An easy and pleasant walk into a secluded valley near Hokitika. Rudimentary hot pools.
The nearby hot springs are much discussed (and derided) in the hut book but are worth investigating. If you are looking for the premiere West Coast hot pool experience, however, you may want to try Welcome Flat. There are also decent chances of spotting blue duck in the vicinity. Watch for them in the mornings and evenings near the Toaroha swingbridge or feeding in the rapidly flowing side-creeks near the hut. Fantails are pleased to accompany trampers, the whoosh of New Zealand pigeons is notable overhead, and yellow-breasted tits, tui and bellbirds are also common. At the time of writing, the track beginning is a little hard to find, but the following instructions, accompanied by the map mentioned above, should prove adequate.
From Hokitika the Kaniere Road leads inland north of the Hokitika River, coming to a junction at Kaniere. Turn right, following the signs to Kokatahi through farmland, and turn left onto Upper Kokatahi Road at another junction. Two kilometres after you cross the Styx River a gravelled side road leads off to the right. A small sign here indicates, "Kokatahi Valley Access." Over the Kokatahi River, the road continues for 1½km, deteriorating into a farm track. Beyond a series of gates the track turns and drops off the river terrace onto the flats below. The ground is wet and muddy, so most vehicles should park on the terrace, perhaps before the first of the gates. The vehicle track continues south beside the river for some distance, surmounting a small rise (ignore the track to the left here) and dropping closer to the river. Past the debris deposited by the commonly dry Papauma Creek the open flats eventually draw to an end. Orange triangular markers to the left lead onto the old tramway at the beginning of the track. It is 20 minutes walk here from the first of the gates.
Road End-Cedar Flat Huts: 3½ hr
Rails and sleepers are occasionally visible as the old logging tramway continues along a wide and gently climbing track. Other heavy pieces of equipment sometimes poke out from the undergrowth. Clear Creek is crossed after 10 minutes, and the track becomes light and boggy as it crosses a shallow slope beneath Sam Knob. At a small side-stream a signposted flood route veers off to the left, travelling along the cliff tops and avoiding the following riverbed section. Twenty minutes from Clear Creek the track drops quickly to the river, sidling downstream briefly before dropping onto the bouldery river-bed.
There is no track for the riverbed section. Keep to the true right bank, or return to the flood route if the river is high. The route clambers around boulders as 100m vertical cliffs come into view on the left. These soft cliffs are outwash gravels built up during past interglacials. Greenschist rocks here are often covered (and filled) with a profusion of long black hornblende needles, along with some red garnets. The river cuts under the cliffs, so it is necessary to wade for a few metres. Ahead, in the distance, a depression in the ridgeline marks the summit of the track, where it climbs to avoid the Toaroha Canyon section of river-bed. There are 50 minutes of riverbed travel to a major side-creek near some massive boulders.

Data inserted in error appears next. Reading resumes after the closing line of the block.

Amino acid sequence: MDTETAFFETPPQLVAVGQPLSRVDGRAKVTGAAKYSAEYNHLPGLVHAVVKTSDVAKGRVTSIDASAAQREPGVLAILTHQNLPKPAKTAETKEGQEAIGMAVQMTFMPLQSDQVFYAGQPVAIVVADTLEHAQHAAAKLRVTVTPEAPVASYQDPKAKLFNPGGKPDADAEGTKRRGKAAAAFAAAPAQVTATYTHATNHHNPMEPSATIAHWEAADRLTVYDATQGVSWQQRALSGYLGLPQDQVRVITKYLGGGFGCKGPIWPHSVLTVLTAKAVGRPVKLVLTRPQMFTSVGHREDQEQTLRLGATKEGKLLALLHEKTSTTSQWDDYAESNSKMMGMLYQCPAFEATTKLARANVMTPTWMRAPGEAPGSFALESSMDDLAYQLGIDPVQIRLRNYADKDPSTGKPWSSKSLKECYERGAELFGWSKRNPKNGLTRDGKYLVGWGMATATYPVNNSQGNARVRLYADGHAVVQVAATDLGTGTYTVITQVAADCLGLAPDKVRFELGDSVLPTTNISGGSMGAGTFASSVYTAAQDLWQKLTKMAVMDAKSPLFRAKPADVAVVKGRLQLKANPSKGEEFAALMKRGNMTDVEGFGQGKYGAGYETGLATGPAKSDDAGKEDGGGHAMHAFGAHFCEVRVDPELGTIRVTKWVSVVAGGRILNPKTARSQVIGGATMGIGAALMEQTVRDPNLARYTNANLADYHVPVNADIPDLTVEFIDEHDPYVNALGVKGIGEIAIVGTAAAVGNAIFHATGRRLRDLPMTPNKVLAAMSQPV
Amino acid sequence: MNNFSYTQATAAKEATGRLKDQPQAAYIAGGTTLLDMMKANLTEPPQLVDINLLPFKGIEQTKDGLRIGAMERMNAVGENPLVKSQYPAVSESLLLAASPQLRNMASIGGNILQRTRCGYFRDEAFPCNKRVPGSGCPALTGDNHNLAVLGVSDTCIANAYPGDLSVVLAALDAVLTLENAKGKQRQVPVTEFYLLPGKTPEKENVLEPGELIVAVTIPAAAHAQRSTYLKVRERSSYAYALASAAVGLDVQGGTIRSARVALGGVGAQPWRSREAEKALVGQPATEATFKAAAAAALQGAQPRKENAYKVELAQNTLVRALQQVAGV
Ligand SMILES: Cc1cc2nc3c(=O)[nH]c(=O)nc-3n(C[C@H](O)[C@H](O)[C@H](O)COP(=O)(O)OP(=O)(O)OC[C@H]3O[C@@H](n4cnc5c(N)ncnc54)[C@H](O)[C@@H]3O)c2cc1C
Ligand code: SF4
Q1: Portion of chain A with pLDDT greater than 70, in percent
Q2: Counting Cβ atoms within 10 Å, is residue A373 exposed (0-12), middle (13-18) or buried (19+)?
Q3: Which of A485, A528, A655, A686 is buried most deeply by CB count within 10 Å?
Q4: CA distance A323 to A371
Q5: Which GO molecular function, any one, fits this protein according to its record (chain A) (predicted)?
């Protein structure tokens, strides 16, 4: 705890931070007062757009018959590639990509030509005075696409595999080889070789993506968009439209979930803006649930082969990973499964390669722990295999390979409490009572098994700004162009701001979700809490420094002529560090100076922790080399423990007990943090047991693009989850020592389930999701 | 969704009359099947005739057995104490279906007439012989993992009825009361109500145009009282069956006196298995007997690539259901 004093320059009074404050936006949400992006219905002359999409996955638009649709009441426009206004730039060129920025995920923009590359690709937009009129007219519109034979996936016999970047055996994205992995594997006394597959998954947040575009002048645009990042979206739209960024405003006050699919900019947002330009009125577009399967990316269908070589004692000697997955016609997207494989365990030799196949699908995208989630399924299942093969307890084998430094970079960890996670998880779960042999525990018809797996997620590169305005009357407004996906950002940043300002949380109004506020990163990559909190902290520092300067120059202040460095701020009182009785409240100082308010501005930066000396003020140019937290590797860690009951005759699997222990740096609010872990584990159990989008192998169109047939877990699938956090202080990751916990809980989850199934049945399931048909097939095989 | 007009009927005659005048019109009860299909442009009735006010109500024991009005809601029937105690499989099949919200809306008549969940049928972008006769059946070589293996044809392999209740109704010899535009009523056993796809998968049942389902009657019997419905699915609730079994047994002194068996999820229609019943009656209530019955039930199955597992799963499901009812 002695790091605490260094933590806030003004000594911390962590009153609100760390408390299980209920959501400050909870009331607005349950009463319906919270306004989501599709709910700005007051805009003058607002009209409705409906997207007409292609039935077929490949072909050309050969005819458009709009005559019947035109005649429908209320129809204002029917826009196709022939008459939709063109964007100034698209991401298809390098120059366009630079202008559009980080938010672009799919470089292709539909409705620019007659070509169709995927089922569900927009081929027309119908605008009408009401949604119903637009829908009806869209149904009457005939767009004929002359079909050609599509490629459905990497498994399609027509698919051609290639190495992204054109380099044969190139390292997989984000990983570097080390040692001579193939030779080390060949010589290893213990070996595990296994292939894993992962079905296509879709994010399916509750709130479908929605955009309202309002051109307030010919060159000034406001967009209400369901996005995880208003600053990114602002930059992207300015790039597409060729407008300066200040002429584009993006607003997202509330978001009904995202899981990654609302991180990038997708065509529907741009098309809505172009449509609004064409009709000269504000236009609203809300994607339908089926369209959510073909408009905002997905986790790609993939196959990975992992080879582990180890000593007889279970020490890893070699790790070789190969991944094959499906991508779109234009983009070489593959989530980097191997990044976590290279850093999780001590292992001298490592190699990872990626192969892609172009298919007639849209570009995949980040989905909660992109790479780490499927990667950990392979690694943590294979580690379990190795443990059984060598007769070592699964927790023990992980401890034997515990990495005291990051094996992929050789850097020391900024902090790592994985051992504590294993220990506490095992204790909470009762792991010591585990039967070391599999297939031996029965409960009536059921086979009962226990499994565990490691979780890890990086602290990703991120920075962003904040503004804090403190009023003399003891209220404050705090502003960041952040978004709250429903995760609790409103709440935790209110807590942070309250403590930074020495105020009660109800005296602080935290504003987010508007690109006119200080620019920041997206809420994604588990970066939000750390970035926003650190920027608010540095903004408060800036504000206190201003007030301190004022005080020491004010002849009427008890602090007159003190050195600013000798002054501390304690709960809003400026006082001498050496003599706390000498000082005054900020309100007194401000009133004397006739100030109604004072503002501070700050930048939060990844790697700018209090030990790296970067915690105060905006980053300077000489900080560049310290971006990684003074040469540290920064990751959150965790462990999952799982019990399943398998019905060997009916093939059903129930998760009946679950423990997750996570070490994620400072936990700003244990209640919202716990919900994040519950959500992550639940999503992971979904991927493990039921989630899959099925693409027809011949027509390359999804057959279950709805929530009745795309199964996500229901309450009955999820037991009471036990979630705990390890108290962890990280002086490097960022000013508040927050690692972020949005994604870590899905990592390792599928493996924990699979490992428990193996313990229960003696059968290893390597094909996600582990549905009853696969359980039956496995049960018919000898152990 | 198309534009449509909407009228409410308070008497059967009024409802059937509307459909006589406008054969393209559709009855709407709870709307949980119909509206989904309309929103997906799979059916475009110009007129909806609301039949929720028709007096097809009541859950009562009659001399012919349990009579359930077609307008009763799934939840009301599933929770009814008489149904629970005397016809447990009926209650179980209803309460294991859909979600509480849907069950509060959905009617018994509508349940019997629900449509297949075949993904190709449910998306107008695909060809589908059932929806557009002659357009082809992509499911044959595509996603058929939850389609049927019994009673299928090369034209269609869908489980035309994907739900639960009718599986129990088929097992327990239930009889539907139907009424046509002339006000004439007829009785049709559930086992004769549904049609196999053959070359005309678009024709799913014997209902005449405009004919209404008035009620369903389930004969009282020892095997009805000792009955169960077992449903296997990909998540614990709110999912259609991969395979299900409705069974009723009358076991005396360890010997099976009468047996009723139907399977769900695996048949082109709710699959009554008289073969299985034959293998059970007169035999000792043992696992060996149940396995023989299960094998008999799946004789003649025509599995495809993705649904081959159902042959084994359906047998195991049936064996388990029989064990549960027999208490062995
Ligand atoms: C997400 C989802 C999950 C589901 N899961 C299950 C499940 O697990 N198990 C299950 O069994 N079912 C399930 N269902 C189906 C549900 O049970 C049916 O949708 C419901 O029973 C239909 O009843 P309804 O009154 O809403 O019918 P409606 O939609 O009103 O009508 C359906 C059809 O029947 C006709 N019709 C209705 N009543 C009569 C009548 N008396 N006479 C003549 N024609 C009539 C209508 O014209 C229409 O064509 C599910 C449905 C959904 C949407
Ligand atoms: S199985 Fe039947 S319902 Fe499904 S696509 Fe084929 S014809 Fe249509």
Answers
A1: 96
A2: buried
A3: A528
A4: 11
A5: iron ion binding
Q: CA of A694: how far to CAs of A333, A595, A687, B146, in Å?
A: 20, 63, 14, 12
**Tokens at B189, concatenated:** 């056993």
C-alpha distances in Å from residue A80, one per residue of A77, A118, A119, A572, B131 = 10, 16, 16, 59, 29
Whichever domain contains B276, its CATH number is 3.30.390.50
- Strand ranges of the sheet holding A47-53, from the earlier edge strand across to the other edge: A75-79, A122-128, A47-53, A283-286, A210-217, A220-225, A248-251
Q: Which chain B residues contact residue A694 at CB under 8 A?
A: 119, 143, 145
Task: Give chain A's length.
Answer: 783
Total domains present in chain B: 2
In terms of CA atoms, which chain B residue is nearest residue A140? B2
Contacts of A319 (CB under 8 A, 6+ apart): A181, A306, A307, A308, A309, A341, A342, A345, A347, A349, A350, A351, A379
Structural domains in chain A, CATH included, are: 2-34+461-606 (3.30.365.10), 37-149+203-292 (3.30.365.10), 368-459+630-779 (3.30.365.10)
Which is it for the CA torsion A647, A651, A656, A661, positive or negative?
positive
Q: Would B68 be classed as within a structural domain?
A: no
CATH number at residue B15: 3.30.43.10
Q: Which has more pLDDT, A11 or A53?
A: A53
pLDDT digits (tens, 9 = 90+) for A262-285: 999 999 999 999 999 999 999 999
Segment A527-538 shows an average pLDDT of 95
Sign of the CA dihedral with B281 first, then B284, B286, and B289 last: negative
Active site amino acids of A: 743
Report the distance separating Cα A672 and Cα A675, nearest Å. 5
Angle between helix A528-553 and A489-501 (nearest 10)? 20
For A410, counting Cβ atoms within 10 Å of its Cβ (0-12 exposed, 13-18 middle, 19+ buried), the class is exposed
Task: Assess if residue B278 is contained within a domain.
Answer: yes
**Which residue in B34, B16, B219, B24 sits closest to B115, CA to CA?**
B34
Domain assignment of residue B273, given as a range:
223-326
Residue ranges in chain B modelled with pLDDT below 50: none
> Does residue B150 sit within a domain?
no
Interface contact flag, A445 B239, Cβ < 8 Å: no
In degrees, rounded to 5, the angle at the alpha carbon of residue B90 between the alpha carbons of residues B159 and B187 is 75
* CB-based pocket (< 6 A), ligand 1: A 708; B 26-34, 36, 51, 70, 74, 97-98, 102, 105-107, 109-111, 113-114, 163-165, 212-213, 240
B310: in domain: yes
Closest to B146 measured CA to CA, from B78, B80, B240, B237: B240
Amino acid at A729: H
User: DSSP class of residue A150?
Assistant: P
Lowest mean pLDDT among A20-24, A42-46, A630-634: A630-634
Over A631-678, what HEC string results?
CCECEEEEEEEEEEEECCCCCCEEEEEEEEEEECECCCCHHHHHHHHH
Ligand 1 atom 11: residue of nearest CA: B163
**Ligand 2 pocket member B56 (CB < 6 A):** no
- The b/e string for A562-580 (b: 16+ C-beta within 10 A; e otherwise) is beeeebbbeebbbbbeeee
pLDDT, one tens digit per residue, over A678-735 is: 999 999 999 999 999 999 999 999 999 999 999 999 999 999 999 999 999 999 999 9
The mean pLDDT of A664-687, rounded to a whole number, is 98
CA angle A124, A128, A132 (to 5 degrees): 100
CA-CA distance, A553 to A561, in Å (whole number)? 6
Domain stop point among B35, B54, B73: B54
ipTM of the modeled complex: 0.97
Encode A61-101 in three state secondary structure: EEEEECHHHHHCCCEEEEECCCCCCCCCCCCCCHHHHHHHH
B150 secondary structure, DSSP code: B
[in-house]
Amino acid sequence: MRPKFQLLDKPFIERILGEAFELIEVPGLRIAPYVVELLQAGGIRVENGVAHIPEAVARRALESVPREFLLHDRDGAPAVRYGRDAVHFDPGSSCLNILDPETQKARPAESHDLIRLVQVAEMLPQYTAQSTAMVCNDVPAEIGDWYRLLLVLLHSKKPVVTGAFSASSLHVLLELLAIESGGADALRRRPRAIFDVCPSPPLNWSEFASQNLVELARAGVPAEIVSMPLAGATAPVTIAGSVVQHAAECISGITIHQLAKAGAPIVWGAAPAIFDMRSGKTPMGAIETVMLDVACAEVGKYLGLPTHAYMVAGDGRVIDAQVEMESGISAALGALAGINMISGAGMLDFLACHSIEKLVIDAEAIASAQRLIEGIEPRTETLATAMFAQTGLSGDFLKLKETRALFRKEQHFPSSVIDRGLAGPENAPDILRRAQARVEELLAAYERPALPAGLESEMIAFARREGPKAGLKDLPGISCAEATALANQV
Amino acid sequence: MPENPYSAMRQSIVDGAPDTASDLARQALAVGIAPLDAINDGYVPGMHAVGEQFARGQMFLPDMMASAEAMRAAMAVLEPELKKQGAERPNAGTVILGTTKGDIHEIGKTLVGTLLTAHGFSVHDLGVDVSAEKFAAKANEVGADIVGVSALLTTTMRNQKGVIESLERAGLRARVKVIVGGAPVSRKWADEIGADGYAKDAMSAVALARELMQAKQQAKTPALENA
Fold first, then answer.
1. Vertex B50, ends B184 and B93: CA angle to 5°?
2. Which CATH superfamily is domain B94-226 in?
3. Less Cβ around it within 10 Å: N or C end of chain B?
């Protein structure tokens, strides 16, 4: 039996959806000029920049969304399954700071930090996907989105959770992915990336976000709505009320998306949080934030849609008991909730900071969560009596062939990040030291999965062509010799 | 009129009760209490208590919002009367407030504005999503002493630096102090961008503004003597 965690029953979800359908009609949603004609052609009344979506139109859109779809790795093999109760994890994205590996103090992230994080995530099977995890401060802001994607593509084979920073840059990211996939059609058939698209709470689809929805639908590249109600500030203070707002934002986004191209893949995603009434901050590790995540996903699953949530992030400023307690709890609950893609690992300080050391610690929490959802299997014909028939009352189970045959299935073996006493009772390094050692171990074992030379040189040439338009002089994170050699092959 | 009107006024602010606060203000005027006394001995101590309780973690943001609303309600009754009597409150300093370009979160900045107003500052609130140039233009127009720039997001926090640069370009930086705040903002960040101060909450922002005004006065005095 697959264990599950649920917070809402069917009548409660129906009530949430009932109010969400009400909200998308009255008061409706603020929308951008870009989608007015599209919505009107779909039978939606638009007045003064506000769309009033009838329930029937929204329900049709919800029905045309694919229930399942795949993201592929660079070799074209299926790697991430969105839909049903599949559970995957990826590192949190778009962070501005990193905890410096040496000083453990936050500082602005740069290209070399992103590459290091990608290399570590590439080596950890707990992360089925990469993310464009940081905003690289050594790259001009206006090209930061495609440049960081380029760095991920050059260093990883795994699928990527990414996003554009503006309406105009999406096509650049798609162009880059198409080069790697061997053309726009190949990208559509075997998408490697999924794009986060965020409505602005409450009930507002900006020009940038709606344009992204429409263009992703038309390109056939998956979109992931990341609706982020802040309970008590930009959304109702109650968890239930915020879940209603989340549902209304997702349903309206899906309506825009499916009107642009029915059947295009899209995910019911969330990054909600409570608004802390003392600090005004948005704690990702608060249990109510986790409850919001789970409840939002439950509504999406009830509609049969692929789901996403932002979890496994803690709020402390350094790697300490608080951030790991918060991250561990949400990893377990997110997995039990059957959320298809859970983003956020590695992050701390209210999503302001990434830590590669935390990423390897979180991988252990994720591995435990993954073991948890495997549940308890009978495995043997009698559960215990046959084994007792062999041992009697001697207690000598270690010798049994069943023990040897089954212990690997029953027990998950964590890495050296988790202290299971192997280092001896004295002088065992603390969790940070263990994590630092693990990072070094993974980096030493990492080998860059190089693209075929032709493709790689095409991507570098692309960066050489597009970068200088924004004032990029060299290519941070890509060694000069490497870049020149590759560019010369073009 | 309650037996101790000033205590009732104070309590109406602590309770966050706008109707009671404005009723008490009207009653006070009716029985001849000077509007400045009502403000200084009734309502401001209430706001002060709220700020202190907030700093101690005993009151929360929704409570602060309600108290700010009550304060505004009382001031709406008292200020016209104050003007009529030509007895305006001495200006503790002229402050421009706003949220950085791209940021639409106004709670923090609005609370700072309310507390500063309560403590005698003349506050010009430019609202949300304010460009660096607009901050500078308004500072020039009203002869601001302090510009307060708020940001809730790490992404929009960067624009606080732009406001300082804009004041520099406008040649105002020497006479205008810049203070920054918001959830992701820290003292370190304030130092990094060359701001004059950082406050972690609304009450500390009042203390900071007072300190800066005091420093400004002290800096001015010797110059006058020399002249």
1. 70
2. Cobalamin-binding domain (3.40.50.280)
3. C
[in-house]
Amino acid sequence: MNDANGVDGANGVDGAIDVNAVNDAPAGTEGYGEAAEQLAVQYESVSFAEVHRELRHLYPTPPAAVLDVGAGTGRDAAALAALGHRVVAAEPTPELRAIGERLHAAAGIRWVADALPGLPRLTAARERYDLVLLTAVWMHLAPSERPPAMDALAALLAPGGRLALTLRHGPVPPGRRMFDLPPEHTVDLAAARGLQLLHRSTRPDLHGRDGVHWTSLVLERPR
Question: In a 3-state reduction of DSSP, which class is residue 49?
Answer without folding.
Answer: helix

The track begins again, strolling through bush to a small mossy river that has carved the path of a waterfall into the rock. Macmillan Creek is crossed after 15 minutes, and the track climbs out quickly to sidle next to a small, high-sided creek. A few small creeks are crossed until, less than 1 hour from Macmillan Creek, views of the precipitous gullies on the opposite flank of the valley appear through the trees. This is the upper stretch of the Toaroha Canyon. A gentle descent to a view across the flat takes 30 minutes. From here an avenue of horopito leads to 5 minutes of riverbed travel before the track takes up once again near a conspicuous totara. A few minutes' walk leads to a junction with a long swingbridge over the river on the right and the route to the hot pools beginning on the left.
The huts sit in a field of tussocks on the flat across the river. The two huts are of a similar standard, and the old hut is quite spacious. Camping is possible nearby.
A track from the bridge turns left through the cedars where a sign indicates 5-6 hours to the Top Toaroha Hut. A trail through the tussocks leads down to the riverbed and the beginning of the Squall Peak Track.The New Zealand cedars (kaikawaka, Libocedrus bidwillii) are small but handsome trees with tapering, straight red trunks and sculpted triangular crowns. The frosty conditions of the flat encourage them to grow at this low altitude.
Wren Creek Hot Pools: 10 min each way
Check in the hut book for up to date information. Grab one of the shovels, cross the bridge and follow the rough, marked track. This soon drops down onto a grassy flat by Wren Creek, surrounded by mountain holly. It would be possible to camp here. Follow the sign down to the creekbed near a large cairned boulder. Look for a second cairned boulder a few metres upstream. A hot spring is located on the true left bank, opposite this boulder. If the pool has not already been dug out, dig at the top end of a small gravel cliff, just downstream of a dirt outcrop. The shingle and sand here cover the pool over whenever the creek floods. It is worthwhile to put some time into digging and building up a protective rampart against the waters of the creek before sampling the pool. Another hot pool farther upstream on the true right is generally considered to be not worth visiting (this is located near a third cairned rock).